He was the chief cryptanalyst of the War Department in Washington, D.C. from 1941 to 1947. He led the U.S. Army team (Special Intelligence Service) which broke the major Japanese diplomatic code in 1940 (Purple Code) and subsequently remained a key member of the Operation Magic teams which decoded Japanese ciphers and enabled U.S. military commanders to read Japanese intercepts on Japanese military movements.
Magic was the code name for the joint Army and Navy operation, first set up in 1939, to break Japanese diplomatic and military codes, Magic provided the U.S. military and political chiefs with much important intelligence throughout the war and its contribution to maior Allied operational successes has until recently been largely underestimated. The Navy Special Intelligence Unit, Communications Security Unit, with a staff by 1942 of about 300, worked with Army Signals Intelligence Section (SIS), deciphering and relaying enormous amounts of traffic in coded messages sent by the Japanese government to their agencies worldwide and by Imperial Headquarters to their commanders at sea and in the field.
Probably the most important contribution made by Magic was to the U.S. victory in the Pacific was the decoding of ciphers that revealed the Japanese attack plan for the Battle of Midway in mid-1942. Informed in advance of the Japanese objectives, Admiral Nimitz was able to preempt Japanese strategy and fight off a superior Japanese force, decisively halting the thrust of the Japanese offensive in the Pacific.
He was born in Kishinez, Russia, on September 14, 1891, he came to the United States in 1893. He died at Washington, D.C. on November 12, 1969 and was buried in Arlington National Cemetery.
Courtesy of the National Security Agency
Wolfe Frederick Friedman was born on 24 September 1891 in Kishinev, then part of imperial Russia, now Chisinau, capital of Moldova. His father, an interpreter for the Czar's postal service, emigrated to the United States the following year to escape increasing anti-Semitic regulations; the family joined him in Pittsburgh in 1893. Three years after that, when the elder Friedman became a U.S. citizen, Wolfe's name was changed to William.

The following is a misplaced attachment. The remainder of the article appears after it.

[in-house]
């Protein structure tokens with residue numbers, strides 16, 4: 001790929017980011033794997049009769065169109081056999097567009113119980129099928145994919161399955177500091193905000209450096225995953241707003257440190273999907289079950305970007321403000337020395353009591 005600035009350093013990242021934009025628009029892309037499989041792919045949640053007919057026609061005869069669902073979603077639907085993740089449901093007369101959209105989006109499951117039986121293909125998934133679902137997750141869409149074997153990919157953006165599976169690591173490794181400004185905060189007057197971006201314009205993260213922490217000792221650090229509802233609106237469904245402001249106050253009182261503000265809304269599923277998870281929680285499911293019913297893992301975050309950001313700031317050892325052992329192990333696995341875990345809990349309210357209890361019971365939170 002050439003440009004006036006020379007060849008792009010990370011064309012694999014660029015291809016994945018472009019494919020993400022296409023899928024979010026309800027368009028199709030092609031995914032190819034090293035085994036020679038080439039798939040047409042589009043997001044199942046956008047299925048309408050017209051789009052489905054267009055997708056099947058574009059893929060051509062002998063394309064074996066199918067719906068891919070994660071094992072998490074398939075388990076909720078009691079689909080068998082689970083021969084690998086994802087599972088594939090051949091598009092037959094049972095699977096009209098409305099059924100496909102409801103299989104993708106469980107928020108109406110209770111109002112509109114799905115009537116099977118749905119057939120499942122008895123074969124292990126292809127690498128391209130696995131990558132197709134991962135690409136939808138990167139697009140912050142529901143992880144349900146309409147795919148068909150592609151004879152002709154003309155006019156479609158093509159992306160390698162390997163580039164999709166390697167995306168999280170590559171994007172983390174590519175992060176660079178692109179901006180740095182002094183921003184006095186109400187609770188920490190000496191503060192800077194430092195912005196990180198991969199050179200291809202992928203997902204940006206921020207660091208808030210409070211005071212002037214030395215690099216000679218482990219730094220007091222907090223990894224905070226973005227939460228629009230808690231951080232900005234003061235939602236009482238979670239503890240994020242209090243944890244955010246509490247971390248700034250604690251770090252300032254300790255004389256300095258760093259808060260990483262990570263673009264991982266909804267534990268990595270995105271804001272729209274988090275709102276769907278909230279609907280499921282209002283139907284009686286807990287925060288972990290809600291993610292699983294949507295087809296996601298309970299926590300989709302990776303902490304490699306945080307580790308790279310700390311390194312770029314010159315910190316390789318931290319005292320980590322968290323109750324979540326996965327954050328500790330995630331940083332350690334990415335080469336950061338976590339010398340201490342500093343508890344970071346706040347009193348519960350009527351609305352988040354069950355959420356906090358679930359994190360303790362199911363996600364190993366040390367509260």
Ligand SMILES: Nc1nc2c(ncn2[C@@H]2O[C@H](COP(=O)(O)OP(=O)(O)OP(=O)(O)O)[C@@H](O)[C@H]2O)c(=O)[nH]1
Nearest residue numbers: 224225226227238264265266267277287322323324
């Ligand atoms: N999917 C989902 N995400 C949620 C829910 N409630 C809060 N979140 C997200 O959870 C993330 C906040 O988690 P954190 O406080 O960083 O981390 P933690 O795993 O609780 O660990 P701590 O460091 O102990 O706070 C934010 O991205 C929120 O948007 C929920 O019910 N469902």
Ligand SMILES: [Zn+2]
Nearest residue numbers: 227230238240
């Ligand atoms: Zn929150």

After receiving a B.S. and doing some graduate work in genetics at Cornell University, William Friedman was hired by Riverbank Laboratories, what would today be termed a “think tank,” outside Chicago. There he became interested in the study of codes and ciphers, thanks to his concurrent interest in Elizebeth (sic) Smith, who was doing cryptanalytic research at Riverbank. Friedman left Riverbank to become a cryptologic officer during World War I, the beginning of a distinguished career in government service.
Friedman's contributions thereafter are well known– prolific author, teacher, and practitioner of cryptology. Perhaps his greatest achievements were introducing mathematical and scientific methods into cryptology and producing training materials used by several generations of pupils. His work affected for the better both signals intelligence and information systems security, and much of what is done today at NSA may be traced to William Friedman's pioneering efforts.
NOTE: His wife, Elizebeth Smith Friedman, who was a gifted codebreaker in her own right, is buried with him.
Michael Robert Patterson was born in Arlington and is the son of a former officer of the US Army. So it was no wonder that sooner or later his interests drew him to American history and especially to American military history. Many of his articles can be found on renowned portals like the New York Times, Washingtonpost or Wikipedia.
Reviewed by: Michael Howard